The Justice Department is edging into the Senate controversy over judicial nominees, writing key lawmakers after Democratic Leader Harry Reid publicly referred to an FBI file on one of President Bush’s controversial appointees.
“The letter expressed concern about recent remarks on the floor of the Senate which alluded to an FBI background investigation file provided by the Department of Justice to the Senate Judiciary Committee on a confidential basis in connection with a judicial nomination,” a department official said Friday night.
The official, who spoke only on condition of anonymity, said the letter did not refer specifically to Reid, or to 6th Circuit Court nominee Henry Saad.
At the same time, it was dispatched one day after Reid alluded publicly to a confidential FBI report prepared on Saad, a 6th Circuit Court of Appeals nominee whose confirmation Democrats have sought to block.
“The fact that there are questions about this nominee’s suitability to be a federal judge has been discussed in public for over a year,” said Reid’s spokesman, Jim Manley. “Senator Reid simply referred his colleagues to the source of those questions. That is Senator Reid’s right and responsibility.
“Any statements or implications to the contrary are baseless and desperate partisan attacks aimed to distract Americans from the outrageous records of a handful of radical, out-of-touch judicial nominees,” he added.
No copy of the letter was immediately available. The Justice Department official said it had been sent to Reid and Majority Leader Bill Frist, as well as the chairman and senior Democrat on the Judiciary Committee.
The developments occurred as Frist served notice he intends to use two of Bush’s favorite nominees _ Texas judge Priscilla Owen and California judge Janice Rogers Brown _ to force a confrontation next week that could end Democrats’ ability to block court appointments.
Frist, R-Tenn., said Friday that the nominations of the two women will be brought up next week as part of his plan to end filibusters of White House judicial nominees.
“It is time for 100 senators to decide the issue of fair up-or-down votes for judicial nominees after over two years of unprecedented obstructionism,” Frist said in a statement.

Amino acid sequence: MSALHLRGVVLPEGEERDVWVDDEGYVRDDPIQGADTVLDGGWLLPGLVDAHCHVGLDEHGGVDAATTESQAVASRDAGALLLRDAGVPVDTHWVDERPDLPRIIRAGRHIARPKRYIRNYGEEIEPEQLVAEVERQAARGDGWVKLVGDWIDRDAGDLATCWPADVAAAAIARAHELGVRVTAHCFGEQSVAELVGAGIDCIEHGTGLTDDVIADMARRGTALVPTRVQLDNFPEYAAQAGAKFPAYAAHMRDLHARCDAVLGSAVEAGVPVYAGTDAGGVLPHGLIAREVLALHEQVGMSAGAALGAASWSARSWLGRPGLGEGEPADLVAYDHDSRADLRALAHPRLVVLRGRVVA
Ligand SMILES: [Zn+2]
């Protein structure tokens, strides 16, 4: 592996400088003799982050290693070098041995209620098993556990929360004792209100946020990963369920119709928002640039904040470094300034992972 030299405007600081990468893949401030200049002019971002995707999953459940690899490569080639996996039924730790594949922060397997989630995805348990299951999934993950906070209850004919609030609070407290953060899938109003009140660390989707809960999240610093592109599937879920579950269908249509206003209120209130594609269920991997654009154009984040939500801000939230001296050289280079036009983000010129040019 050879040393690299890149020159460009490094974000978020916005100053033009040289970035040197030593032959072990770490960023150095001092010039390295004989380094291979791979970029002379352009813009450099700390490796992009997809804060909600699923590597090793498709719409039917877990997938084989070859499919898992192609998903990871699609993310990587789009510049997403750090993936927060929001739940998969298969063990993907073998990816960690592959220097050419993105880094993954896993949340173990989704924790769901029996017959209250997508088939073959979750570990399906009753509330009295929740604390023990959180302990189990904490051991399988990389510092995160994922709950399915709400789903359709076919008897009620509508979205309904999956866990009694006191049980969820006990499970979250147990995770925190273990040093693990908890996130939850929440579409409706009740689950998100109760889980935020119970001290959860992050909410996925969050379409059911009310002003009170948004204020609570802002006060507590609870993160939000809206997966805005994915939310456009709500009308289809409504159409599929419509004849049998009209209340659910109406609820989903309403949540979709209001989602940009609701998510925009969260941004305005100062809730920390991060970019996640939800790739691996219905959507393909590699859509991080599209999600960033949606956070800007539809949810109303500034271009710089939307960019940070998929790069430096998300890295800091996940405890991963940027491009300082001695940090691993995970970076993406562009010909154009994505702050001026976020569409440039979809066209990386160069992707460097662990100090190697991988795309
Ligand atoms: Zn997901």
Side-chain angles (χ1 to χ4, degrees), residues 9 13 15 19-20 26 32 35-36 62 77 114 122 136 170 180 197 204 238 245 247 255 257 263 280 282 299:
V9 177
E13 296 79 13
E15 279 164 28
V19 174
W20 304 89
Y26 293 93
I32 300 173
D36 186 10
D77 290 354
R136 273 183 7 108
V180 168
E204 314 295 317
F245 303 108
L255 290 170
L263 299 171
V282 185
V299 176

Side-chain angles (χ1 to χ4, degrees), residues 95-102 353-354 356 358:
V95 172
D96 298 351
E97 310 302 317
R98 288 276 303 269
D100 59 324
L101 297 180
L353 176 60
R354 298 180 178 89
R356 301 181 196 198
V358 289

Reid said he was ready. “The time has come for Republican senators to decide whether they will abide by the rules of the Senate or break those rules for the first time in 217 years,” he said in a statement.
Frist’s announcement cleared the way for a momentous showdown that blends constitutional and political issues _ the meaning of Congress’ power to advise and consent in a president’s nominees and the ability of a political minority to influence the outcome.
Democrats have refused to allow a yes-or-no vote on 10 of Bush’s first-term appeals court nominees, arguing they are too conservative to warrant lifetime appointments. The president renominated seven of them this year, Owen and Brown among them, and Democrats vowed to block their confirmation again.
Republicans then said they would try to eliminate the Democrats’ ability to filibuster, a parliamentary technique that establishes a 60-vote threshold.
Republicans, who hold 55 Senate seats, can afford five defections and still prevail in the showdown on the strength of Vice President Dick Cheney’s tie-breaking vote. So far, GOP Sens. John McCain of Arizona and Lincoln Chafee of Rhode Island have announced they will break ranks, and many vote-counters say they expect Maine Republican Sen. Olympia Snowe to vote with the Democrats.
Democrats also are particularly optimistic that Sen. John Warner, R-Va., will side with them, and they continue court enough wavering Republicans to tip the balance.
Saad is one of seven nominees whom Democratic filibustered during Bush’s first term who have been renominated.
Speaking on Thursday, Reid said Democrats would likely filibuster Saad again, adding, “All you need to do is have a member go upstairs and look at his confidential report from the FBI and I think you would all agree that there’s a problem there.”
Reid did not say what was in the report, but drew criticism from Sen. George Allen, R-Va. and others for the remark.
Frist had said earlier that the showdown would come next week, but he refused to say which nominees would be the test candidates. Conservatives have been clamoring all year for him to call up Owen or Brown as the test votes.
Owen was first nominated in 2001 to serve as a judge for the 5th Circuit Court of Appeals. Brown was tapped in 2003 to serve on the U.S. Circuit Court of Appeals for the District of Columbia.
Officials said that while debate would begin Tuesday or Wednesday, two weeks could elapse before the fate of either Owen or Brown’s nomination is known.
Associated Press reporters David Espo and Douglass K. Daniel contributed to this story.